The Special Section that opens this issue of JMIS, Volume 22, no. 2, provides economic analyses of the deployment of information systems (IS) in firms’ competitive strategies. The great varieties of sourcing possibilities—including offshoring; strategic pricing in e-commerce; electronic market designs; and the influence of IS standards on the industry structure—all are the targets of the studies. The Guest Editors, Robert J. Kauffman, Eric K. Clemons, and Rajiv M. Dewan, introduce the papers to you in depth. It is quite apparent from this work that those who wish to believe IS of no strategic importance to the competing enterprises do that at peril to their firms.
In the first paper of the general section, Michael A. Chilton, Bill C. Hardgrave, and Deborah J. Armstrong study the performance of software developers as influenced by stress on the job. Continuing innovation in the IS software field is, of course, one of its primary characteristics. Some of that innovation even aims to relieve the cognitive stress of the practitioners. As we perceive, and as the authors argue, this stress is certainly unabating. The authors combine the theories of cognitive style and of person–environment fit to examine some reasons for this. They draw into our orbit an important body of literature from industrial psychology, which will serve us well in the future research in the domain. Practical suggestions for the IS managers emerge as well.
Using the media-richness and related communication theories, Alice M. Johnson and Albert L. Lederer study empirically the influence of the communications between the chief executive and the chief information officers on reaching the vitally necessary mutual understanding between them. In some aspects, the authors also determine the influence of this convergence of views on the contribution of the IS unit to the financial well-being of the organization. Based on the results, recommendations are offered for the executives’ communication modes.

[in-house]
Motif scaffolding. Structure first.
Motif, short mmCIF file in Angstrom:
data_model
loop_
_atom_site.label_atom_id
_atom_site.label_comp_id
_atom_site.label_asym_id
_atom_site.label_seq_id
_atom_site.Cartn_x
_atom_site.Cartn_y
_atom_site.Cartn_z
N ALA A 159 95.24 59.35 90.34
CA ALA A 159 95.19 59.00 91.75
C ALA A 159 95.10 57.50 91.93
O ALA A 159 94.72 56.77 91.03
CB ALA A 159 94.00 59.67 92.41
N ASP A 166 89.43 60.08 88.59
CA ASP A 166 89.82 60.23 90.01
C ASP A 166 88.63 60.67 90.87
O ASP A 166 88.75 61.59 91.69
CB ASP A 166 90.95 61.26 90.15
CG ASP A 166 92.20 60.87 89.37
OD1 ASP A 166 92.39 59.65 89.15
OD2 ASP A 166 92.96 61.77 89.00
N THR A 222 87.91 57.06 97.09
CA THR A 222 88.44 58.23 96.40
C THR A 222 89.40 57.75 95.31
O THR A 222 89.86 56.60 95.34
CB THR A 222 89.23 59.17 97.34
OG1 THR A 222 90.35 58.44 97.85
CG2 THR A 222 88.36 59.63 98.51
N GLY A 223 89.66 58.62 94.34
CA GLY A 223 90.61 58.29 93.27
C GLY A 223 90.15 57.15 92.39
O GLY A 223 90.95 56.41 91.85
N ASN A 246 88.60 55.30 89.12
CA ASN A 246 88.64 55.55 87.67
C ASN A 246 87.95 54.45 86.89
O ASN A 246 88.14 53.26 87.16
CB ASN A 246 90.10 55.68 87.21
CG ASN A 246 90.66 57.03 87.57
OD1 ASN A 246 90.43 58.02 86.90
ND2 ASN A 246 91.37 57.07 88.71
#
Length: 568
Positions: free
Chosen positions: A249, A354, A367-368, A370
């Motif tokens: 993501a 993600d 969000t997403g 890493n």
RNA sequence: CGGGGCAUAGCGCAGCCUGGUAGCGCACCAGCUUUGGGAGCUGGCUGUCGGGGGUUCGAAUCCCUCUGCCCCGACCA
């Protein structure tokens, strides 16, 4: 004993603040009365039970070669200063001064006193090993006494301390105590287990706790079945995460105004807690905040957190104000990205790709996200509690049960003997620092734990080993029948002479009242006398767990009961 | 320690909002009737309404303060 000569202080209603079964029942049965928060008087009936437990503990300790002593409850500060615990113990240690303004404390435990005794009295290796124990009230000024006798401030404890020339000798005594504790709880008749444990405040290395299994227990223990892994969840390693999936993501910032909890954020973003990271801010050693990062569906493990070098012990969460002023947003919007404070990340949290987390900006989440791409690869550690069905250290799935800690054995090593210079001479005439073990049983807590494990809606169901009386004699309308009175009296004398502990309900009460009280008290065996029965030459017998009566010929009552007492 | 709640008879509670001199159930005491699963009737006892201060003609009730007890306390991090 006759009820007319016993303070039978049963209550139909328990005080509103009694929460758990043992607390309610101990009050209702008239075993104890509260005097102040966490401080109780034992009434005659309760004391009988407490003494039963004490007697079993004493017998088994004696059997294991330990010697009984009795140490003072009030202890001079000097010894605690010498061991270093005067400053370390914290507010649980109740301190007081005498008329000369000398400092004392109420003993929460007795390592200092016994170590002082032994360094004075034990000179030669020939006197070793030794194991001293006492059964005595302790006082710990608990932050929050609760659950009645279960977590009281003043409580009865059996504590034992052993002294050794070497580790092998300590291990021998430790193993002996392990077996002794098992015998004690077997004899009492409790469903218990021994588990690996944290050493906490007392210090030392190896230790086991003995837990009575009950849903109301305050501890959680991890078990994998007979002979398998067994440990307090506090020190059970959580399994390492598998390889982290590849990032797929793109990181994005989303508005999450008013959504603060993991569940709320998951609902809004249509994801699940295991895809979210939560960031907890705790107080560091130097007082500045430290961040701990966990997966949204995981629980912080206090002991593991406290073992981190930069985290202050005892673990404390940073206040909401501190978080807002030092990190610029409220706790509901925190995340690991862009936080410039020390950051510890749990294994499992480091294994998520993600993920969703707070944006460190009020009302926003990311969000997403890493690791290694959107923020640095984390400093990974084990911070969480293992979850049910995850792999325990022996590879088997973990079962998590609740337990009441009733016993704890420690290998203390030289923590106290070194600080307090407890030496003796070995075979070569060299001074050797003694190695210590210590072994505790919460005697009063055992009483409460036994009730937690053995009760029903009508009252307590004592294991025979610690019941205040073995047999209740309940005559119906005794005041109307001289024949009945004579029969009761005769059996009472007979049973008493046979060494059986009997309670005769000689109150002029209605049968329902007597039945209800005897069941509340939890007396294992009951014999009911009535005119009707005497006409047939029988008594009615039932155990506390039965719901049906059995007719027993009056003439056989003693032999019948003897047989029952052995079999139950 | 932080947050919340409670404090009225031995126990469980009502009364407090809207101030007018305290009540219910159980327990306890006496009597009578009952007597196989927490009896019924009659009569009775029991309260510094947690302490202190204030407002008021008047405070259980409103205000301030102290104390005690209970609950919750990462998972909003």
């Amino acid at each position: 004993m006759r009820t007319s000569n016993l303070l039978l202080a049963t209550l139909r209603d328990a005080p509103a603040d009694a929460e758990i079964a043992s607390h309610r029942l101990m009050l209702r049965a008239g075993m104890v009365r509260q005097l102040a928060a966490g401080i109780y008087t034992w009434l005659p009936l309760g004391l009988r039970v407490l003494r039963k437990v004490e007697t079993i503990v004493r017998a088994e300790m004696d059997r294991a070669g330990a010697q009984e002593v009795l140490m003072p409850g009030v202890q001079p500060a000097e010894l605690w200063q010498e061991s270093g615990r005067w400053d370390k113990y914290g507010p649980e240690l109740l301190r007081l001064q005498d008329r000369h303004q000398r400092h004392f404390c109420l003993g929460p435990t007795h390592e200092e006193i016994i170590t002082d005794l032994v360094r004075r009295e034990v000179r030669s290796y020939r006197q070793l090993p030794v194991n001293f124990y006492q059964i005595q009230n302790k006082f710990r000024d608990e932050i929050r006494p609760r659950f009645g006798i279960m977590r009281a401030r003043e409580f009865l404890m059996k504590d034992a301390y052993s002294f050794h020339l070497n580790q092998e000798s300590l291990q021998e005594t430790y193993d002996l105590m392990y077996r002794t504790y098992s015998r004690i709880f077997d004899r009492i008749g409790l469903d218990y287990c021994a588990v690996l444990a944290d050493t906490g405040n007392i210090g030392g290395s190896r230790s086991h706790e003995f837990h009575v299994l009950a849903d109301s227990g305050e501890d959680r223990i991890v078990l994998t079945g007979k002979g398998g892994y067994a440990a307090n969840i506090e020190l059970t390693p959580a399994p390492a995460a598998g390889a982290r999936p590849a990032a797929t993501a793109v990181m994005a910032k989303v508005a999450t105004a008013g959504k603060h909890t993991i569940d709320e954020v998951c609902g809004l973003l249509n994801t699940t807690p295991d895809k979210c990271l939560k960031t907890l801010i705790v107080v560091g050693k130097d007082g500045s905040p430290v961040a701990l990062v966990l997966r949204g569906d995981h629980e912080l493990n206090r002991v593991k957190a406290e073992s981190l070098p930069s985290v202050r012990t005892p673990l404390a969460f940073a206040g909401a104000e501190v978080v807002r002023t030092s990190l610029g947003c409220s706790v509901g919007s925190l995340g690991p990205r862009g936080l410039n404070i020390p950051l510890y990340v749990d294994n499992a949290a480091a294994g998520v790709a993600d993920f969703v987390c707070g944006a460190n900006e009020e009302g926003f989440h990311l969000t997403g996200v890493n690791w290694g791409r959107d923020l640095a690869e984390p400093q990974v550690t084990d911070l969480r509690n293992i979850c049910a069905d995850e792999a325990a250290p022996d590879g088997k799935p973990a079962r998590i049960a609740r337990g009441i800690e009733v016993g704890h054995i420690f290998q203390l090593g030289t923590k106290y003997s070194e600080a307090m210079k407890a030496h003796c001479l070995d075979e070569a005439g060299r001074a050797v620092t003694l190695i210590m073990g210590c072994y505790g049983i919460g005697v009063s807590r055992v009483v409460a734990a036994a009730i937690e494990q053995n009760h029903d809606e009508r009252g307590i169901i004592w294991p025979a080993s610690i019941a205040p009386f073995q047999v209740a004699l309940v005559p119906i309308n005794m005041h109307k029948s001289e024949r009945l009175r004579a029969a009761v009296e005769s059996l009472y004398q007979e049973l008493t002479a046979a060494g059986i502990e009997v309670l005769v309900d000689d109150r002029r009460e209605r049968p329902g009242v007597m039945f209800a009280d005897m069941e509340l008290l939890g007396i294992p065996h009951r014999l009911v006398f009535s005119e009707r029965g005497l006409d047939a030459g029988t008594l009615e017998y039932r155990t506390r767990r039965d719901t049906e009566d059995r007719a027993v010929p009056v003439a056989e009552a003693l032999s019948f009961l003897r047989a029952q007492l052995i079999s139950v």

The two concluding papers invite you to revisit the general theme of the Special Issue. Ganesh D. Bhatt and Varun Grover present an extensive typology of information technology (IT) capabilities from the vantage point of the seeking of competitive advantage by the owner firms. Organizational learning and the embeddedness of the IS unit in the firm’s business emerge as decisive corporate capabilities. The growth point of view is adopted by Sabyasachi Mitra in his study of the IT role in a firm. As operationalized by Mitra in his econometric research, IT infrastructure plays a central role in enabling the growth of firms in the future periods by lowering the costs of operations. There is a clear tension between these two studies. The concept of infrastructure is certainly due for a careful look. Good—the tension will prove creative in the future research.
The Editorial Board and I note with great sadness the untimely passing of Gerardine DeSanctis. One of the preeminent scholars in our discipline, she has contributed several papers to this journal and was an outstanding graduate of the university where I teach. Her memory will abide in her work, to be continued and built on by many of us.